How do family-owned companies survive, and even thrive, through tough times, changes in leadership, shifting markets and even family squabbles?
There's no single business plan that guarantees success. But you can learn a lot from the 33 companies profiled in this special issue of Plastics News.
We put the spotlight on family-owned plastics companies this week because our own parent company — Crain Communications Inc. — just turned 100 years old. We have some stories about our own company's history on our website. But our focus is on the unique stories told by the leaders of family-held plastics companies.
While plastics is still a relatively new industry, we managed to find some fourth- and even fifth-generation companies.
One thing I found fascinating is the balance between being conservative and being willing to change.
As I read the company profiles, I see example after example of company owners who feel responsibility for the survival of their businesses and for the financial well-being of their families. Not only that, they feel responsible for their employees' families, too. It's a huge burden. So they're cautious about expanding too quickly, or taking on too much debt. Better to be like the tortoise than the hare — slow and steady wins the race.
Except … I also see story after story about companies that adapted to a changing market, sometimes completely changing their business plans once, twice or even more, in order to survive in the global economy.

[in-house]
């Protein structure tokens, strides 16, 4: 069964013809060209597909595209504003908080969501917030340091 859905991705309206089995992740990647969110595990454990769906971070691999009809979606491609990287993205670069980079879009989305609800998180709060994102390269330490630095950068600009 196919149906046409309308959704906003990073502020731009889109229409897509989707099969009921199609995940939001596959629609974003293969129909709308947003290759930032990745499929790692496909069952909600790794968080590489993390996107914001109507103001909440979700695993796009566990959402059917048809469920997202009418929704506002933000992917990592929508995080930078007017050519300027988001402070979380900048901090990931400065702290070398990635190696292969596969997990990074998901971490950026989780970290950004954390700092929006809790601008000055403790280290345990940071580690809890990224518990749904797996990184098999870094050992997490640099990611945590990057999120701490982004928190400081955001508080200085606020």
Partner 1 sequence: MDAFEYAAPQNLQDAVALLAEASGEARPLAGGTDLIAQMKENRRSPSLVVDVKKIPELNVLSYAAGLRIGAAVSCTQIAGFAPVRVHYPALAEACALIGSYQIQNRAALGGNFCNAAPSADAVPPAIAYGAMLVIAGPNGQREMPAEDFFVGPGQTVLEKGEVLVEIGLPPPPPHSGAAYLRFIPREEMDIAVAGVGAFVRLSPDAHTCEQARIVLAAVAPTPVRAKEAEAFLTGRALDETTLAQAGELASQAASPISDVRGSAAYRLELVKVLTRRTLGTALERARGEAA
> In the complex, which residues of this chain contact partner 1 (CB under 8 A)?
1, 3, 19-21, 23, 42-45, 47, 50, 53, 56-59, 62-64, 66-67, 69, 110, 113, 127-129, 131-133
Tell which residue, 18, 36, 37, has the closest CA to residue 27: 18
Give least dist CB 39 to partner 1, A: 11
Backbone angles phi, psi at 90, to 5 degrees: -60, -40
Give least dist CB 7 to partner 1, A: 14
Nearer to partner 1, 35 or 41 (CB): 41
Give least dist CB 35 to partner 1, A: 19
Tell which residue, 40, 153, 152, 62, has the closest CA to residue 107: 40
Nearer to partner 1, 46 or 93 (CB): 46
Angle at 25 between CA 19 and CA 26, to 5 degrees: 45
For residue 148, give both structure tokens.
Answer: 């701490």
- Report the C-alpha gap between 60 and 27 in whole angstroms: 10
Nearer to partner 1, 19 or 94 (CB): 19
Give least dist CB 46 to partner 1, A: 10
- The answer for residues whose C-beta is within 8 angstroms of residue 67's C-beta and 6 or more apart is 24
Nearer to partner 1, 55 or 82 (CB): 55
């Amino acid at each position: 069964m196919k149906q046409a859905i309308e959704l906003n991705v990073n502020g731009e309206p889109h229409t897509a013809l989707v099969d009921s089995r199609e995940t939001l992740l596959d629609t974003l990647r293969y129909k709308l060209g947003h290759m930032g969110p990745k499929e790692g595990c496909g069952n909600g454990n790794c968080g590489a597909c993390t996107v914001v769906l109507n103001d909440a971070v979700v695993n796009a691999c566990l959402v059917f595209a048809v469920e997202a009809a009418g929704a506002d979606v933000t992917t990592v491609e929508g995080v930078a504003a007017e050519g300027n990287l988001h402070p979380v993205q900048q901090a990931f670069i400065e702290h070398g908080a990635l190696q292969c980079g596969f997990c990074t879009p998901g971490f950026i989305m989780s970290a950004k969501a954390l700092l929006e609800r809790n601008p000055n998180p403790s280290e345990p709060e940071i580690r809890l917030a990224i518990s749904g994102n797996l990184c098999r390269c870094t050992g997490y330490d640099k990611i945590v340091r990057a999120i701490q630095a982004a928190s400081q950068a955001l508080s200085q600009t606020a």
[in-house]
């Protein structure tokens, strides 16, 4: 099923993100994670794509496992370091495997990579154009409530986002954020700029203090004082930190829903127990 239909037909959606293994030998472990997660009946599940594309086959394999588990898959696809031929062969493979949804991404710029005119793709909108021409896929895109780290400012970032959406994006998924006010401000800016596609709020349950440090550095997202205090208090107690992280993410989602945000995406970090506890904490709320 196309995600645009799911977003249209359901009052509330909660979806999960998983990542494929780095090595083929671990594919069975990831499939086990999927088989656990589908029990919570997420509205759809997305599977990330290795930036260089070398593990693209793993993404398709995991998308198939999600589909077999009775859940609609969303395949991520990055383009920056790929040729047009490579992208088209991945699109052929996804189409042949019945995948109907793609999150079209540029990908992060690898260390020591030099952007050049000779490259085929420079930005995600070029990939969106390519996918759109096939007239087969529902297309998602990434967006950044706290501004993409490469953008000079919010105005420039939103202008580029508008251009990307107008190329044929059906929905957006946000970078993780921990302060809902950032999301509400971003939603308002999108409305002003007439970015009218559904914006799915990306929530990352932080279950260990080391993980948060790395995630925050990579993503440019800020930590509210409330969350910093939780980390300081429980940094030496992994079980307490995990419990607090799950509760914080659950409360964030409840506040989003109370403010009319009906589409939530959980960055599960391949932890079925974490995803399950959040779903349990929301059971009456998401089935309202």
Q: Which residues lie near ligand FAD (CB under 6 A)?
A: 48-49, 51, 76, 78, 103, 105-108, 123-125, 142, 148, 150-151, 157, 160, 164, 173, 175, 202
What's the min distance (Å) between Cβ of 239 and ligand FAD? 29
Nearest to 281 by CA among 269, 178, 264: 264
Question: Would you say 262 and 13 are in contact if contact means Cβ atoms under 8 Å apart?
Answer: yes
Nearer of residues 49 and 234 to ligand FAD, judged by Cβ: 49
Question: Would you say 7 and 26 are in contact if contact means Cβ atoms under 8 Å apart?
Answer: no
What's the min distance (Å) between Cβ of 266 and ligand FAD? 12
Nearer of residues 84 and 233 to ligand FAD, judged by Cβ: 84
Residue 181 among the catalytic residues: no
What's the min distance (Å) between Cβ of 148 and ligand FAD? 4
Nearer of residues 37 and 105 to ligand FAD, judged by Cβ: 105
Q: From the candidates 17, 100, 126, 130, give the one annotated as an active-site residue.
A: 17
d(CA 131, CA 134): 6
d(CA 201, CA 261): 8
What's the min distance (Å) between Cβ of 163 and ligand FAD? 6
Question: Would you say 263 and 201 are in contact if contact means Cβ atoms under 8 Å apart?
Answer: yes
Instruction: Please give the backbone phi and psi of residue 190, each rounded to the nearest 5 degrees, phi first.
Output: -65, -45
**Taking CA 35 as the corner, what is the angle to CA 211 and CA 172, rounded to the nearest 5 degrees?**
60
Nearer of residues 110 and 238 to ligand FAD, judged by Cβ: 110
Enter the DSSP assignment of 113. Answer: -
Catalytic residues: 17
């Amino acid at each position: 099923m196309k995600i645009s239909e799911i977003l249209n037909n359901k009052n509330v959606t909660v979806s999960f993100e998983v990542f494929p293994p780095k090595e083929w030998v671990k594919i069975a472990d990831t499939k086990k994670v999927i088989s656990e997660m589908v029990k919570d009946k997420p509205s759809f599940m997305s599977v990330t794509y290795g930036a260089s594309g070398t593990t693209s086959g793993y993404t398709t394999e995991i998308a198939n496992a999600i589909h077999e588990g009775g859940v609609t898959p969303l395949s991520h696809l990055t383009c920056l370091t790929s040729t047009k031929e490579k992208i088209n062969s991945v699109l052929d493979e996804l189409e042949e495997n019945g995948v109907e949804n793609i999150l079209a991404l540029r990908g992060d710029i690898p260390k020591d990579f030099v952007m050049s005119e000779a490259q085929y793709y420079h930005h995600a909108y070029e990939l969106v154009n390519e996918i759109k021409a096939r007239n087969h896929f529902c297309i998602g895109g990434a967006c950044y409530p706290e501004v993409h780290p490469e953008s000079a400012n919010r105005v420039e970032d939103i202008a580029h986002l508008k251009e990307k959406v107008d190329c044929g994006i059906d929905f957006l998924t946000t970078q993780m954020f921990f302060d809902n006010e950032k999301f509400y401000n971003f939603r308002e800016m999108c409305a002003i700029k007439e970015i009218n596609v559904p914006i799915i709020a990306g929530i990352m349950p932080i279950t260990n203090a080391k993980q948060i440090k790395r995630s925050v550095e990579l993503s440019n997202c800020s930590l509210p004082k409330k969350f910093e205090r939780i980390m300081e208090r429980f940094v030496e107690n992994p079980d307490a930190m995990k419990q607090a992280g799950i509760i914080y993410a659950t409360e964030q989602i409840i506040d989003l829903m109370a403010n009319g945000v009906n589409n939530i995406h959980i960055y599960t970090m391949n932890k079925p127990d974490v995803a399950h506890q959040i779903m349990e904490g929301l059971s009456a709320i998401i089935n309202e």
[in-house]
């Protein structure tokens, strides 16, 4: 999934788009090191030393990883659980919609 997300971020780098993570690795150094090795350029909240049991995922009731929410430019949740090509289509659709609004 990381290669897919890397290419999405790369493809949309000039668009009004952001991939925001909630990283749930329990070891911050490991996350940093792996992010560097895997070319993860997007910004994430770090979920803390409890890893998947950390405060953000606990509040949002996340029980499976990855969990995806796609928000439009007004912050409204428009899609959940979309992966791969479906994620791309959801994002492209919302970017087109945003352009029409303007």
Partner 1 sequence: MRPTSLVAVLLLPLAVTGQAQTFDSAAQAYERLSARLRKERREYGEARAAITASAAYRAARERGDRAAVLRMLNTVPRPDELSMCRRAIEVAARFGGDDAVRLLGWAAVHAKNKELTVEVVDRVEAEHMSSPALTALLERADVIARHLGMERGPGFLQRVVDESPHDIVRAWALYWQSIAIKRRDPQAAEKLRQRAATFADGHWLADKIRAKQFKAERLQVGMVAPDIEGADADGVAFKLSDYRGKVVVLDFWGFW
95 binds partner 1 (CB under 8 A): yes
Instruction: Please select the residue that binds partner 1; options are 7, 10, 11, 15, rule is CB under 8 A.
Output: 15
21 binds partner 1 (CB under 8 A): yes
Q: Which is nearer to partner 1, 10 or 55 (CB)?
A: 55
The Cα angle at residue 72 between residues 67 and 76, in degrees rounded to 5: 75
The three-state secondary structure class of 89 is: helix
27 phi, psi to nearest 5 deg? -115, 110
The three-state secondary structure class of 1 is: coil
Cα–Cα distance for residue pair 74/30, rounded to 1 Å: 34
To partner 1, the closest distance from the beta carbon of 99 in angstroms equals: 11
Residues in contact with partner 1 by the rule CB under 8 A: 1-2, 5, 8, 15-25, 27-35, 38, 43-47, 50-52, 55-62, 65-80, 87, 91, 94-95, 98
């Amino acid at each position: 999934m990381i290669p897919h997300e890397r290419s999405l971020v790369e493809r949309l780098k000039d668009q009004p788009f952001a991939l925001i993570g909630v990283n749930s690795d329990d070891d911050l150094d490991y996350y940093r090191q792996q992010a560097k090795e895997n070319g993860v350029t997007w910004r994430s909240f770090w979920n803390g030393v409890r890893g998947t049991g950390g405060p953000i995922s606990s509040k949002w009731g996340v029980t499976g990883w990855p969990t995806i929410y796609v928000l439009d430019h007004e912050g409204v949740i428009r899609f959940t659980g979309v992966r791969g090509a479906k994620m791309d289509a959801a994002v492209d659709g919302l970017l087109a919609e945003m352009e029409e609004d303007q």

Let's put it this way: You won't find many 50-, 75- or 100-year-old companies today that are still serving the same markets and customers, making the same products, as they did from the very beginning. That's a formula for slow death, right?
So perhaps the secret to being a long-term success is to be conservative most of the time, but to be willing to move quickly and take big risks at the right times.
And, probably not coincidentally, those times of change often happen when managers train and integrate the next generation of workers into the family business. They often bring new skills, new experiences, and when those are introduced to a successful corporate culture, the results can be great.
It's all fascinating to me, and I have a new appreciation for family businesses after reading the stories in this week's report. I hope you enjoy it.
Loepp is editor of Plastics News and author of The Plastics Blog. Follow him on Twitter @donloepp.